About seven years ago, Chief Architect Bibhuti Man Singh of Technical Interface,
Thamel, Kathmandu, said in an interview to an architecture magazine, “We cannot know exactly when an earthquake of immense magnitude will strike us, but it is certain that one is due soon; the law of averages point towards this fact.” He also said, “…I do pray that we have another ten years time before the next big one occurs.” In his view, given this amount of time, disaster management programs in all wards of the Capital would be in place, and people would be able to react with greater efficiency.
Well, his words have come true. Nepal was struck by a disastrous earthquake of 7.9 magnitude on April 25, 2015, and a series of aftershocks, two of which were of 6.8 and 7.3 magnitudes, respectively. More than 8000 people have lost their lives, thousands more have been injured, and hundreds of thousands of houses have been destroyed. The aftershocks have continued for a long time now. But, it is a credit to all Nepalis that they have shown strong resolution to start their lives all over again with renewed vigour and optimism. People in far-flung villages have started to rebuild their devastated homes once again, not waiting for others to do it for them. This is, after all, what Nepalis are known for: their vast pool of courage, their ever present enthusiasm, and their never-say-die spirit.
I was particularly pleased with a Chinese expert’s answer to an interviewer’s question on China TV about how he thought the Nepali people would cope with the devastating earthquake and its aftermath. He said, “I believe that the Nepali people are among the most resilient of all ethnic groups in the world. They will recover very well, and quite soon too.”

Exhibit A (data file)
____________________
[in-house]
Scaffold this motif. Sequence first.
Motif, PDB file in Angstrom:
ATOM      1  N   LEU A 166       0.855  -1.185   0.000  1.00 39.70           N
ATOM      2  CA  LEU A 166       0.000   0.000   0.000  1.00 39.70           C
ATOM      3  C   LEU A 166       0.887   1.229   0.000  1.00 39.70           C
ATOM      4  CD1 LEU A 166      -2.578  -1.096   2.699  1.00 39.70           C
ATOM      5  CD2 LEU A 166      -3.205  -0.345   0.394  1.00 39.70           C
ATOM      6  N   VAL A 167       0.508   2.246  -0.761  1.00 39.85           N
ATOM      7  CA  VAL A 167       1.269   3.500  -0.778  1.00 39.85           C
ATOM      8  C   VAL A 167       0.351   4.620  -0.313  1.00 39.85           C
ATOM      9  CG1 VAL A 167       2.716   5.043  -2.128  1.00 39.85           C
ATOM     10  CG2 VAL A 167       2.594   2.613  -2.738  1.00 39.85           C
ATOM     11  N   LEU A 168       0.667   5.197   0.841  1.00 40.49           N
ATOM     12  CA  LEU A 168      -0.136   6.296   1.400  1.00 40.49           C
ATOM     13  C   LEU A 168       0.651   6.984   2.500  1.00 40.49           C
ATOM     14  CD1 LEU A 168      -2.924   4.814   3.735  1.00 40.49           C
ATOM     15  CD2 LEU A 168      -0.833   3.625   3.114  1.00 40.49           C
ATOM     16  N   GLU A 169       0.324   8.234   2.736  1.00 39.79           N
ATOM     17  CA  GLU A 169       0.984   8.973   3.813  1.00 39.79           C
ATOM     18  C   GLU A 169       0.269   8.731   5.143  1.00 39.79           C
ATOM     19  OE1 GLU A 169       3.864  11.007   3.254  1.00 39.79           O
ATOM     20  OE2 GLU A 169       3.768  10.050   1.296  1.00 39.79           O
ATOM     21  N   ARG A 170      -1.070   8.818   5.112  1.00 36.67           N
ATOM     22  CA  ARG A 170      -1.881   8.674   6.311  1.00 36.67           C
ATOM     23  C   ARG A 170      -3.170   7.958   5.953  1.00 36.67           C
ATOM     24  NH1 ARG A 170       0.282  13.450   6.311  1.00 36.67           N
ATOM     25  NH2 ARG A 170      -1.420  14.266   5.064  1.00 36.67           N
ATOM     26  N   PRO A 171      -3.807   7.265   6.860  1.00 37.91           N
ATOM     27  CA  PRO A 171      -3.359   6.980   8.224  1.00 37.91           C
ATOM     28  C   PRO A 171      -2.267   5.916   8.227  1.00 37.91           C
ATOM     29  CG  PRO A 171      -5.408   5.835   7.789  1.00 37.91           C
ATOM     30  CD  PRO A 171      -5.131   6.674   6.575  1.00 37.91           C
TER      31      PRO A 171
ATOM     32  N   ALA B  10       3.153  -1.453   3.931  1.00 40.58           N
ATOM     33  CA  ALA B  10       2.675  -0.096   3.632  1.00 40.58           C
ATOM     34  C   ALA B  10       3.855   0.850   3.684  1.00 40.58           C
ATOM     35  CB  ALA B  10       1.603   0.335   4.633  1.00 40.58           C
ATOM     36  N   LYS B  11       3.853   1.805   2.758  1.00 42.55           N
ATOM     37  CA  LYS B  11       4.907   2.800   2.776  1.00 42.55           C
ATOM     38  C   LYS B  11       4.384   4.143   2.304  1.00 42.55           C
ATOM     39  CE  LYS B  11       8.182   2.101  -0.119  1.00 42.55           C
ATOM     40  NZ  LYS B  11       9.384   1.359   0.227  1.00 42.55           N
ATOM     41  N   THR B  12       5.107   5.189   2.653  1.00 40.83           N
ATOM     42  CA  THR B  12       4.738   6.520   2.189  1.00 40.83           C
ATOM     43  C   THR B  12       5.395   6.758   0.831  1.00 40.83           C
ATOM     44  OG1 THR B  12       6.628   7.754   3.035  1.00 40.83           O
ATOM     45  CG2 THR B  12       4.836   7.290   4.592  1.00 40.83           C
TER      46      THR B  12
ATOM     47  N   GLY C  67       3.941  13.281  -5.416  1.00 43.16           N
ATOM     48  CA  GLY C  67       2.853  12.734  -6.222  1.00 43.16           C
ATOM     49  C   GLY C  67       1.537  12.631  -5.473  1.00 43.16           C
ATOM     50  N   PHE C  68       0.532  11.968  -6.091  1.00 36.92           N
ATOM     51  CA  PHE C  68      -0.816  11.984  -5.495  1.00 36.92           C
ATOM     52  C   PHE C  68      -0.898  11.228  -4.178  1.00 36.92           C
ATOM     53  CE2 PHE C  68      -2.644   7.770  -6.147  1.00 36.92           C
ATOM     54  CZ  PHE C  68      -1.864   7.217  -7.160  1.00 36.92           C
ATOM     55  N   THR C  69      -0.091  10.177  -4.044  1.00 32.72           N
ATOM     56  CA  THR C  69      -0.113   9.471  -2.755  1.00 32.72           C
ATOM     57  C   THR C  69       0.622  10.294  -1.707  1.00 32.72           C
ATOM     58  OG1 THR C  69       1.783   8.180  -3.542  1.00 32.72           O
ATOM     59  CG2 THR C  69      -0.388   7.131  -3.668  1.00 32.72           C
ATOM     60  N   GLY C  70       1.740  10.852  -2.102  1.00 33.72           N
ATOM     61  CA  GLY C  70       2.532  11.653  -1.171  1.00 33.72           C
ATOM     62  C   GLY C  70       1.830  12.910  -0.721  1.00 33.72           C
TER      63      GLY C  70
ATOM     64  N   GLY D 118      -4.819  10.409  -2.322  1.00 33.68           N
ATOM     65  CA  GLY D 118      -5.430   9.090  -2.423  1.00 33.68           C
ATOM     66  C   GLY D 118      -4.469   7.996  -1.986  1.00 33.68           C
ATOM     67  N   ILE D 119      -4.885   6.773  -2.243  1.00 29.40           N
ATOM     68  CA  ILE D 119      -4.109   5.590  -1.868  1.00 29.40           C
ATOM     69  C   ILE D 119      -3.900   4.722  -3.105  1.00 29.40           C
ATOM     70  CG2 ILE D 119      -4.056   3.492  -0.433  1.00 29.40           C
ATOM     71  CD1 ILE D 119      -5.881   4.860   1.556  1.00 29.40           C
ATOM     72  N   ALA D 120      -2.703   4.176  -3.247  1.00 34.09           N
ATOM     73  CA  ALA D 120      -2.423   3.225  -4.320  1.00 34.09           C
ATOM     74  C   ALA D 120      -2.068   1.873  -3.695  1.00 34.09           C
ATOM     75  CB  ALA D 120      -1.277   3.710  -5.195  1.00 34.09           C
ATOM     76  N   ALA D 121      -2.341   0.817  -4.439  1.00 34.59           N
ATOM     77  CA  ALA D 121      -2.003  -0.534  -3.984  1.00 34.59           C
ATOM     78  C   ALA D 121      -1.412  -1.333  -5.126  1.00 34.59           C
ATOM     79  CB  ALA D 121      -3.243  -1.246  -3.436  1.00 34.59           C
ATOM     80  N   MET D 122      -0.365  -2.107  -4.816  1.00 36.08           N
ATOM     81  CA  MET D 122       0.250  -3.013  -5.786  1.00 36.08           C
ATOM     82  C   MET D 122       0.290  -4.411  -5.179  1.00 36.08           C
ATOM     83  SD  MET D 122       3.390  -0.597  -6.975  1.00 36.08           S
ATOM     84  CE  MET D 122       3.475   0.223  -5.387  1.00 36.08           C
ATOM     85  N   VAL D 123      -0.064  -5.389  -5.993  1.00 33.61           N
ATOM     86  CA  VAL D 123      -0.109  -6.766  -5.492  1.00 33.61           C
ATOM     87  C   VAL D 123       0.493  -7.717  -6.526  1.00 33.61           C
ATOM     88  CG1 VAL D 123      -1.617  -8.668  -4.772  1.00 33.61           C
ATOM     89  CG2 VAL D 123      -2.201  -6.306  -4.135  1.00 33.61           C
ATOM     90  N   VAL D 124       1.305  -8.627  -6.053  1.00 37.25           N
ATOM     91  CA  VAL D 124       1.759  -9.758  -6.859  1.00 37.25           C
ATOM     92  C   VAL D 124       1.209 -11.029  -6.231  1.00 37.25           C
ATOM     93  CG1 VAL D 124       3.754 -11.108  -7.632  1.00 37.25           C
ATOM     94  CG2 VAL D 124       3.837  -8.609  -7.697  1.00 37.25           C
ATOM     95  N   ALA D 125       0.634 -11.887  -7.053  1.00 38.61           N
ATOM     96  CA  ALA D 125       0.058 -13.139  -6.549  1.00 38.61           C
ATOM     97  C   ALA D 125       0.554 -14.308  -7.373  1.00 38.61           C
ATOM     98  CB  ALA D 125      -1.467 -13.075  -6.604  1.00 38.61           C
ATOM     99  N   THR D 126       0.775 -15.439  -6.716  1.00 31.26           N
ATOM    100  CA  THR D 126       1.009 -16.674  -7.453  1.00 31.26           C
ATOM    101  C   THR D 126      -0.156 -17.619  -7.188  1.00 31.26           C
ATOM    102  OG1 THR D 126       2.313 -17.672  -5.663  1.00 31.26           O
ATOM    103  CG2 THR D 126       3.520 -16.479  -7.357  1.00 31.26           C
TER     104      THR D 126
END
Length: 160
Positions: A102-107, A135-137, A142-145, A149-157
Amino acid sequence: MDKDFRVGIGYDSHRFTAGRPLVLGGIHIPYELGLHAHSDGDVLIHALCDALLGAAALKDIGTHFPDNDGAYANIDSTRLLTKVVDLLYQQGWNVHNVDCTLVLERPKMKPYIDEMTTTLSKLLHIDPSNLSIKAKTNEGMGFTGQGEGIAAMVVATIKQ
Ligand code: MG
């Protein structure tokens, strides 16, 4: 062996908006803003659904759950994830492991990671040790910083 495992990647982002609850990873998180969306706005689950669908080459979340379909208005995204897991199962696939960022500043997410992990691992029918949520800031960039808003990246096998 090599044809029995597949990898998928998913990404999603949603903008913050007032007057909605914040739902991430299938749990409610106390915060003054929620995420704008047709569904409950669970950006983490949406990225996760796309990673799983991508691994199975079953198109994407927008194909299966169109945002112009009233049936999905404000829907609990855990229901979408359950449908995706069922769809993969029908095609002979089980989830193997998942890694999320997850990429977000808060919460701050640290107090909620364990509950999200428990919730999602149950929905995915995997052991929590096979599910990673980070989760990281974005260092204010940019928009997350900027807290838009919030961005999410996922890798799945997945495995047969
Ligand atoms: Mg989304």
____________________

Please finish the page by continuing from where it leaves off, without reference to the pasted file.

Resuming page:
Indeed, most people had already begun to go back to their normal lives barely 10 days or so after the massive April 25 quake. Things were rapidly moving towards normalcy in Kathmandu. Then, the big aftershock of May 12 struck, leading to renewed fear in the hearts of people. However, it is easily noticeable that now people aren’t easily panicked with smaller aftershocks. Many have taken it in their stride. The school are slated to be opened soon, and the traffic is already heavier on the streets. Of course, there are many commercial establishments like shops, malls, cinema halls, and so on those are still closed. It seems that their opening depends on when and whether they are given the green light by the concerned authorities as being safe for public use.
I was also pleased to see a group of Chinese tourists around Kathmandu Durbar Square, clicking snaps that would be a part of history, and around which they would be able to weave interesting tales for folks back home. Yes, the Chinese expert is right; Nepalis are a most resilient people, and unless nature has other plans, you can take it from me that the whole of Nepal, and particularly the Kathmandu Valley, will be back on its feet very soon. The scenery all around is still fantastic; the weather is, as usual, pleasant, and the people are always welcoming. Many monuments might have been destroyed, but much more remains to enthral you. So, don’t cancel your plans, come to Nepal. You might get really good bargains, and yes, the rhinos, the royal Bengal tigers, the elephants, and what not in the forests of Chitwan and Bardiya continue to roam their particular empires, come what may.